Botswana’s government is lifting a ban that protected its elephants from being hunted, part of a series of decisions that could have lasting impacts on the country’s conservation efforts.

In a letter to reporters, the Ministry of Environment, Natural Resources Conservation and Tourism referred to elephants as predators and said their numbers “appear to have increased.” It said a subcommittee found that conflicts between humans and elephants had risen, harming livestock and the livelihoods of Botswana’s people.

The announcement marked a sharp departure from the policies of former President Ian Khama, who suspended elephant hunting after data showed the population in decline. The ban took effect in 2014 but did not stop hunting in registered game ranches.

In May, Botswana’s newly elected president, Mokgweetsi Masisi, made international headlines for giving three African leaders stools made of elephant feet.

In June, he requested a review of the ban on hunting elephants.

His study group recommended “regular but limited elephant culling,” in addition to establishing elephant meat canning for pet food and other products. Among other conclusions, it recommended the government expand Botswana’s safari hunting industry.

Authorities said Thursday that the government accepted all recommendations except the regular culling of elephants and the establishment of meat canning. “This was rejected because culling is not considered acceptable given the overall continental status of elephants. Rather, a more sustainable method such as selective cropping should be employed,” the government said.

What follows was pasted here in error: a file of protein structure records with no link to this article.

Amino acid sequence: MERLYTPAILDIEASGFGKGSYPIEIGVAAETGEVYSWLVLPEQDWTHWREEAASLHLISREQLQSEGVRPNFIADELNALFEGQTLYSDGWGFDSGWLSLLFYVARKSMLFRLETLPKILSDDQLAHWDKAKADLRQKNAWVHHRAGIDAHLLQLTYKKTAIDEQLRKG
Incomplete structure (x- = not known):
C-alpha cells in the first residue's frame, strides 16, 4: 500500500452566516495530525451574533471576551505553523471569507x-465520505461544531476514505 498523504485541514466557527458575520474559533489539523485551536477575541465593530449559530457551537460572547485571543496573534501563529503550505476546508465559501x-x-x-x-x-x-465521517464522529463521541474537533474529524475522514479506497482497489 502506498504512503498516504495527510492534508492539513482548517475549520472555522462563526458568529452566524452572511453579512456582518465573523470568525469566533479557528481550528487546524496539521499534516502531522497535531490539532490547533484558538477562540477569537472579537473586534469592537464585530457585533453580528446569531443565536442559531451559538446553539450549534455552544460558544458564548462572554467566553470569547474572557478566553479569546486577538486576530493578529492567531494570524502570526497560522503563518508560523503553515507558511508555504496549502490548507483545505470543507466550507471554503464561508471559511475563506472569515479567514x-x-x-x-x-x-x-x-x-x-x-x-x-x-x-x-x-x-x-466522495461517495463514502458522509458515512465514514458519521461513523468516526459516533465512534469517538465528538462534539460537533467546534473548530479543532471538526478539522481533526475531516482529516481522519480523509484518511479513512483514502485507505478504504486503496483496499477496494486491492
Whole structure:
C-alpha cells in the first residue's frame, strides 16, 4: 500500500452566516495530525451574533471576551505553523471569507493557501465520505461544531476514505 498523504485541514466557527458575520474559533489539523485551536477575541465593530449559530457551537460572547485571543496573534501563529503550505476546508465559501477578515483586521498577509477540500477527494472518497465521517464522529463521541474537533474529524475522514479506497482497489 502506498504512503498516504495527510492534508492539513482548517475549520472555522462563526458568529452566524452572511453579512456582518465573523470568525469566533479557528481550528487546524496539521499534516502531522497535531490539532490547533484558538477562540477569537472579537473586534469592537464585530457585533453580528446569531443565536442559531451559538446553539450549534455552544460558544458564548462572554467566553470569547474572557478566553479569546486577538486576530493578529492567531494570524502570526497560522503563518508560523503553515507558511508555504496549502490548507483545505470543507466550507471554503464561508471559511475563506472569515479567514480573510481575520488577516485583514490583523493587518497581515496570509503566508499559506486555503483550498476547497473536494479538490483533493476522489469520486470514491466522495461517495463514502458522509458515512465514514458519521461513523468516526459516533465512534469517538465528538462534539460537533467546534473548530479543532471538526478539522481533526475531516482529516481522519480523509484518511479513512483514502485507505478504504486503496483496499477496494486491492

Conservationists around the world took to social media to denounce the government’s reversal on elephant hunting.

“Horrific beyond imagination,” said Paula Kahumbu, CEO of the Kenya-based WildlifeDirect. She said hunting was an archaic way to address the problems of living with mega fauna. “Africa, we are better than this,” she tweeted.

German organization Pro Wildlife wrote that hunting was a bloody sport, “#cruel, outdated, unethical and often undermining” conservation.

Other groups celebrated Botswana’s announcement, including Safari Club International, a U.S.-based organization that supports regulated trophy hunting.

President Paul Babaz called it “heartening” in a statement. “These findings clearly show that hunting bans actually hurt wildlife conservation; hunting is the key to providing the necessary revenue to fund anti-poaching efforts and on-the-ground conservation research,” he said.

Fewer than 400 elephant licenses will be granted annually, the government of Botswana announced on Twitter Thursday. It said it was planning for “strategically placed human wildlife conflict fences” and compensation for damage caused by wildlife. All migratory routes for animals that are not considered “beneficial” to Botswana’s conservation efforts will be closed, including an antelope route to South Africa.

Northern Botswana is home to Africa’s largest elephant population, according to the U.S. Fish & Wildlife Service. The population grew steadily from 80,000 in 1996 to 129,000 in 2014.

It happened as habitat loss and poaching devastated elephant populations across Africa. Between 2010 and 2012 alone, poachers slaughtered 100,000 African elephants, National Geographic reported.

Last September, the carcasses of 87 elephants were found close to a protected sanctuary in Botswana. They had been killed for their tusks.

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With both Houses of Parliament in place, it’s all eye…